China’s sudden cuts to rare earth export quotas and domestic production marked the beginning of a Rare Earth Economic War, proposes Jacob Securities’ Senior Mining and Metals Analyst Luisa Moreno. The good news is that partnerships between end-users and mining companies may just be the secret weapon to level the playing field for . . . → Read More: Winning the Rare Earth Economic War: Luisa Moreno
Chinese Yuan and U.S. Dollars
The Wall Street Journal reports that China is decreasing its holdings of U.S. dollars
Fresh data suggest China is moderating its appetite for investing in U.S. securities, a trend that could mean lower flows of cheap capital from Beijing and a possible rise in borrowing costs across the American . . . → Read More: China’s Currency Holdings
Here’s a summary of a recent paper:
The trends in offshoring and international trade that we have described are likely to accelerate. China currently employs around 120 million people in the manufacturing sector and, although some reports indicate that wages are rising in China, those wages are still only a tiny fraction of wages . . . → Read More: If Only There Were Some Way to Fix This
The ECB and BOE have shown their intent with their recent aggressive balance sheet expansions and the Fed is trying hard to keep the door open for more QE even as the data in the US continues to defy the general global slowdown.
In Asia however sticky inflation in India, a desire to nail . . . → Read More: Global Monetary Relief from Asia
I have been enjoying myself in the Austrian Alps last week and hence the lower output. Here is my look though, of a number of notable news stories and contributions.
Benoît Cœuré, Member of the Executive Board of the ECB has penned a speech (and argument) on global (excess) liquidity. Izabella likes . . . → Read More: Other Alpha Sources for February 13, 2012
From Don Boudreaux:
If Beijing’s intervention into the Chinese economy justifies U.S.-government ‘retaliation’ to ‘correct’ market distortions created by those interventions, shouldn’t the still-significant lingering negative consequences of Beijing’s interventions into the Chinese economy from 1949-1978 be considered? Shouldn’t Beijing’s artificial destruction, during the middle decades of the 20th century, of production efficiencies in . . . → Read More: A Stupid Question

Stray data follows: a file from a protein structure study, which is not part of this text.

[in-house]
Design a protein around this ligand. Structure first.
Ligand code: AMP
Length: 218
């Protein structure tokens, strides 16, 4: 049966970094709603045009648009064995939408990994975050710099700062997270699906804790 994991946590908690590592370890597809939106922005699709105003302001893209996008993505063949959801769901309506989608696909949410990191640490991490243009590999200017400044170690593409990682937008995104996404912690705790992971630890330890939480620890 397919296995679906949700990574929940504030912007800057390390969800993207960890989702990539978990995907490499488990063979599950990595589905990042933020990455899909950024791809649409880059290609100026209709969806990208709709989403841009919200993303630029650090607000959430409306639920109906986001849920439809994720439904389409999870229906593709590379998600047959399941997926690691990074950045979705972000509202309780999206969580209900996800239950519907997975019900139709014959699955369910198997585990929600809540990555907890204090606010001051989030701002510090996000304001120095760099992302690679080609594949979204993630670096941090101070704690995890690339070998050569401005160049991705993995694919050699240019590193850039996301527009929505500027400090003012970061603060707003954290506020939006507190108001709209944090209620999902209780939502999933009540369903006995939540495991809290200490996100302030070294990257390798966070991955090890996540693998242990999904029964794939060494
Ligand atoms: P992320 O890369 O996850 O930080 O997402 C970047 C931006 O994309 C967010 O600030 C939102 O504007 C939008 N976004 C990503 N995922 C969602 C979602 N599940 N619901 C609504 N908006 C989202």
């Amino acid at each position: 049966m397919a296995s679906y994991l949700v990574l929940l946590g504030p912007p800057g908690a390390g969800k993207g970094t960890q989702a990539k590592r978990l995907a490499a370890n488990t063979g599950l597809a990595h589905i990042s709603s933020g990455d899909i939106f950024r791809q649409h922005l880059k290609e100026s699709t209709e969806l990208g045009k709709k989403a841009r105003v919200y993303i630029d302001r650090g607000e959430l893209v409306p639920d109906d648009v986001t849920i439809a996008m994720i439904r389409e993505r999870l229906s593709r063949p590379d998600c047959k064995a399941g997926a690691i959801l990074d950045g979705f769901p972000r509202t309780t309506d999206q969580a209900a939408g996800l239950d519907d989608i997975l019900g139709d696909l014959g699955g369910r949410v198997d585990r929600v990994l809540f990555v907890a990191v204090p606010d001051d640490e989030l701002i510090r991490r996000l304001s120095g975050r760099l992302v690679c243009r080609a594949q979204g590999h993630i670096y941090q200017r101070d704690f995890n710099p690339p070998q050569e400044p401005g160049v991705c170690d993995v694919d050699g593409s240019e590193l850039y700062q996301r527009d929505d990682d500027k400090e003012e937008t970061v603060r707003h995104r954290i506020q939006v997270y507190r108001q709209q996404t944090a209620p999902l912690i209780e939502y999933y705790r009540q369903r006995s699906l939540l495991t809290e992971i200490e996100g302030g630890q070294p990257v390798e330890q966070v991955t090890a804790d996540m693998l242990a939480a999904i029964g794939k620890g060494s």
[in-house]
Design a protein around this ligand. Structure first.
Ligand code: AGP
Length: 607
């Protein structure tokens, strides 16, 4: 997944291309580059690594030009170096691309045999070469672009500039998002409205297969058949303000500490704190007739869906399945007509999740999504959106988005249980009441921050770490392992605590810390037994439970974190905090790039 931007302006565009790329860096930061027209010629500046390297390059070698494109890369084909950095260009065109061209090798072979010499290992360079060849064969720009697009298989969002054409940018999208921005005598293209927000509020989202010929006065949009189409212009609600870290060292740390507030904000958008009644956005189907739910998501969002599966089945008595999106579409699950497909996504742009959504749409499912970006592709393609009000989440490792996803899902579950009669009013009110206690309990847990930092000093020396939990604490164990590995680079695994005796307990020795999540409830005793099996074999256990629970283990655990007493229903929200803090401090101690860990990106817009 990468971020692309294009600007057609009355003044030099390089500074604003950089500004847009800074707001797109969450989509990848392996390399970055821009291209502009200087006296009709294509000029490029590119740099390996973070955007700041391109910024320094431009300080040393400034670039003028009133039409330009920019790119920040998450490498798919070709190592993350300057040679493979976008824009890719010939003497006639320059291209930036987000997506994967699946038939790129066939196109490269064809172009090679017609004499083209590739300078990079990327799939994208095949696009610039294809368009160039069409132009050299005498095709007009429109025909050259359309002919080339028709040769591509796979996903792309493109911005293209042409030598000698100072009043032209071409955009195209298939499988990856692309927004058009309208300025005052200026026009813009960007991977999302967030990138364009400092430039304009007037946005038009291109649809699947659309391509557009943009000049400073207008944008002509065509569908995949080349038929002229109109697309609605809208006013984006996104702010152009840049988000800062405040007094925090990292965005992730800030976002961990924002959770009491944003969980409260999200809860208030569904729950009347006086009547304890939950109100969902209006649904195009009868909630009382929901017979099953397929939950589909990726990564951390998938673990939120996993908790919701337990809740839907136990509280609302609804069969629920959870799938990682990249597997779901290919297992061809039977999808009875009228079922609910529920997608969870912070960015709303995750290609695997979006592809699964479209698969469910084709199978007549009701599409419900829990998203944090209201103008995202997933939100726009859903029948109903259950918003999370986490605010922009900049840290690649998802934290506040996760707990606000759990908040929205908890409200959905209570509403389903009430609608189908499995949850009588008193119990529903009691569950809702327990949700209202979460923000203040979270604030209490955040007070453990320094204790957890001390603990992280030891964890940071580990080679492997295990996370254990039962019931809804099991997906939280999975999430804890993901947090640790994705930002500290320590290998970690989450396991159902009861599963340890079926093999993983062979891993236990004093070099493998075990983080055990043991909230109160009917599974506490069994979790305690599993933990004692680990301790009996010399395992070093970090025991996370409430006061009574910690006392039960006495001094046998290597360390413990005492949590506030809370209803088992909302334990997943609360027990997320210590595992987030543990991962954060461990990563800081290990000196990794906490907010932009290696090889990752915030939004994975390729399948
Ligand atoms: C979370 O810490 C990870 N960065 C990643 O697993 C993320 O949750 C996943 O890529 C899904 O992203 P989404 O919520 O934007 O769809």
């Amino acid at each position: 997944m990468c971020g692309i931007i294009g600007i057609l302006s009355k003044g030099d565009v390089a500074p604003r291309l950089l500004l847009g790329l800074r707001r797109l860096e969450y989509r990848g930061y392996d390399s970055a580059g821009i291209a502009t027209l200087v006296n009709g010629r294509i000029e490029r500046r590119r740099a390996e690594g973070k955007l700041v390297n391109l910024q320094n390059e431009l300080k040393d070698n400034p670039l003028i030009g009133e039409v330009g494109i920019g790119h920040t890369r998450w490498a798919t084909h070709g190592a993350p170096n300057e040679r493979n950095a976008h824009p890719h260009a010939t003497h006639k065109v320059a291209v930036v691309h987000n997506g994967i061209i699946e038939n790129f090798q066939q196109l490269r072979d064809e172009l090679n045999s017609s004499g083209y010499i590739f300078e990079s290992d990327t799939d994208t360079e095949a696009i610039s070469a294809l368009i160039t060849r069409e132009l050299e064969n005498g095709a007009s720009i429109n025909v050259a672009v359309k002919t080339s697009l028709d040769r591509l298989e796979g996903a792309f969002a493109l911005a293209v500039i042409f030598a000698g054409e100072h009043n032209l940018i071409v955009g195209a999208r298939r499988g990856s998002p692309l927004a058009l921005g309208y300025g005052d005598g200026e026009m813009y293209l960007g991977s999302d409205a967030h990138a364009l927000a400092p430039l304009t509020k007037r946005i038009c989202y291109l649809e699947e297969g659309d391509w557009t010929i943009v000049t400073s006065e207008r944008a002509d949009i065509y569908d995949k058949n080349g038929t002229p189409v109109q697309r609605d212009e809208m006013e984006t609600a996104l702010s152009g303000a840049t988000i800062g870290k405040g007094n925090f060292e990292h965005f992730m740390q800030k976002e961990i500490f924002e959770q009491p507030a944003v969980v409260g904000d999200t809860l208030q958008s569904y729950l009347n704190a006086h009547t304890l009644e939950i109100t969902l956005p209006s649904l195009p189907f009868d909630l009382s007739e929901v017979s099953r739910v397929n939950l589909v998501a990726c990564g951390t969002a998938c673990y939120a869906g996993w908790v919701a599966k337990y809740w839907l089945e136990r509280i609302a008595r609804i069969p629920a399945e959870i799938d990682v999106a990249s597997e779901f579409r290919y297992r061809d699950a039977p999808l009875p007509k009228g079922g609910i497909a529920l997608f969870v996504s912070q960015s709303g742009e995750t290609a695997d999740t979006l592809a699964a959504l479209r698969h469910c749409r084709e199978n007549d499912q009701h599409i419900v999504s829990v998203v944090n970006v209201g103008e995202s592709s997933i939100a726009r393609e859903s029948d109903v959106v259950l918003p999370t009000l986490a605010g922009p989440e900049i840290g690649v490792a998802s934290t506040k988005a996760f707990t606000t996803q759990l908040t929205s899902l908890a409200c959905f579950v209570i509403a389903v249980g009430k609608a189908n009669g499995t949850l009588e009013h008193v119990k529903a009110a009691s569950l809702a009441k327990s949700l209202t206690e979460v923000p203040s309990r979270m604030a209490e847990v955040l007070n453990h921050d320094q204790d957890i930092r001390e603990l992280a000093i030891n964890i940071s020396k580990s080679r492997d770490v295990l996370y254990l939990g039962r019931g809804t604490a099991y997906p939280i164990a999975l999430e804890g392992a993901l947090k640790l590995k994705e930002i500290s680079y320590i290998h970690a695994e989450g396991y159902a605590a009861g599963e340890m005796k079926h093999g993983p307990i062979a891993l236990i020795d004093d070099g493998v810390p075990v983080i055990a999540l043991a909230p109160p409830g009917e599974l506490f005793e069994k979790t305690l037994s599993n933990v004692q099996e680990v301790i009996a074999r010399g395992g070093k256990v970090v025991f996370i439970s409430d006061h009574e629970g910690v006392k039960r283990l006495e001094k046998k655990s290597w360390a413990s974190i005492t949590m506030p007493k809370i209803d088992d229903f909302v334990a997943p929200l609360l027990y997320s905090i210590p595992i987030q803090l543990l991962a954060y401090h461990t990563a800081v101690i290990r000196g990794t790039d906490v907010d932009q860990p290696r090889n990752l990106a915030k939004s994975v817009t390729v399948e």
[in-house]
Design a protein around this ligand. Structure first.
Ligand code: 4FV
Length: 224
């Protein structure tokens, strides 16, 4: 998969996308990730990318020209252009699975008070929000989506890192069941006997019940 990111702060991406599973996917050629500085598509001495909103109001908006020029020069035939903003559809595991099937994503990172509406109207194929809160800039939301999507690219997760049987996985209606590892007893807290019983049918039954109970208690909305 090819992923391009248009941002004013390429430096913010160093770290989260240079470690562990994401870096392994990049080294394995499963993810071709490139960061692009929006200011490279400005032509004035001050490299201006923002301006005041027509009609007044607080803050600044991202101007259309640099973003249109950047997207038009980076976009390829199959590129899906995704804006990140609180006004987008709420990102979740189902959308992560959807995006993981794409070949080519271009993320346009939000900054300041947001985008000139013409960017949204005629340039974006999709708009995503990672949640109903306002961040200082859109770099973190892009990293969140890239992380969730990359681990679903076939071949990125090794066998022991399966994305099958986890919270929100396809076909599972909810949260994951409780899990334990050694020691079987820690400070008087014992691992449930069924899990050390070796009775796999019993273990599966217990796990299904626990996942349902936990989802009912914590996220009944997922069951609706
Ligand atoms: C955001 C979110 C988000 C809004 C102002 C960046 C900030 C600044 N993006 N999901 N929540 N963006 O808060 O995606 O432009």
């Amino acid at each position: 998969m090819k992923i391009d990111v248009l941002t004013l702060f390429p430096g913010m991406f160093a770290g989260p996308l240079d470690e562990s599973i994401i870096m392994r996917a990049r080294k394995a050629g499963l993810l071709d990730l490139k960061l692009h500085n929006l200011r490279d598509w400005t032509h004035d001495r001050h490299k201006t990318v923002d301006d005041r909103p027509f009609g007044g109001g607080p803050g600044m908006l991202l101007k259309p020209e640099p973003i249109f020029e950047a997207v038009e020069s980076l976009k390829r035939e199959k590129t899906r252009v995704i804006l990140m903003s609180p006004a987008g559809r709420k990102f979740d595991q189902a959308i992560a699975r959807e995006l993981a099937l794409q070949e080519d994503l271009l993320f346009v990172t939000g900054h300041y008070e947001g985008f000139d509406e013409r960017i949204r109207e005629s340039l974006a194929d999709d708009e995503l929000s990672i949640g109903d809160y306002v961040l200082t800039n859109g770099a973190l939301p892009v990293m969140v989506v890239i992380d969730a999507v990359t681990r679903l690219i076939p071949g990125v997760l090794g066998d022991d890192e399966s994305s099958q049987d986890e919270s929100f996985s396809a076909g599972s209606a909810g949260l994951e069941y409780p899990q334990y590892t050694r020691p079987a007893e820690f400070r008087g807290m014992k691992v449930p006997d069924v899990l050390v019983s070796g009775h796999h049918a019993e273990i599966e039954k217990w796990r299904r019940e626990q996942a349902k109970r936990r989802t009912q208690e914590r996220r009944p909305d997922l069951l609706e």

Preserving wealth in a volatile political and financial world is a job for gold. Greg Weldon, publisher of Weldon’s Money Monitor newsletter and Grant Williams, a portfolio advisor at Vulpes Investment Management in Singapore, will share their insights at the Cambridge House California Investment Conference Feb. 11–12. In this exclusive interview with The . . . → Read More: Gold Prices Driven Higher by Europe and China: Greg Weldon and Grant Williams
What do investors need to be watching out for in 2012? More Eurozone drama? Record gold highs? A hard landing in China? The U.S. Global Investors team addressed these questions with Endgame: The End of the Debt Supercycle author John Mauldin in a Jan. 5 Outlook 2012 webinar. The Streetwise Reports editors highlight . . . → Read More: Look for End of Debt Supercycle: Thoughts from the U.S. Global Investors 2012 Forecast
Despite a pullback in growth for China, copper demand is likely to remain strong in 2012, according to Dr. Michael Berry, publisher of Morning Notes, and his co-author, Chris Berry, founder of House Mountain Partners. Other developing nations, such as Indonesia, should pump up demand, but supply from such regions remains a tenuous . . . → Read More: Home-Brewed Copper: Dr. Michael Berry and Chris Berry
China has become the $5.88 trillion question in the world financial equation for 2012. In an attempt to gauge the direction of this economic elephant, Cambridge House International is asking two China experts to debate the health of the second-largest economy at the Vancouver Resource Investment Conference January 22. We called the two . . . → Read More: China’s Future Deconstructed: Holmes vs. Chang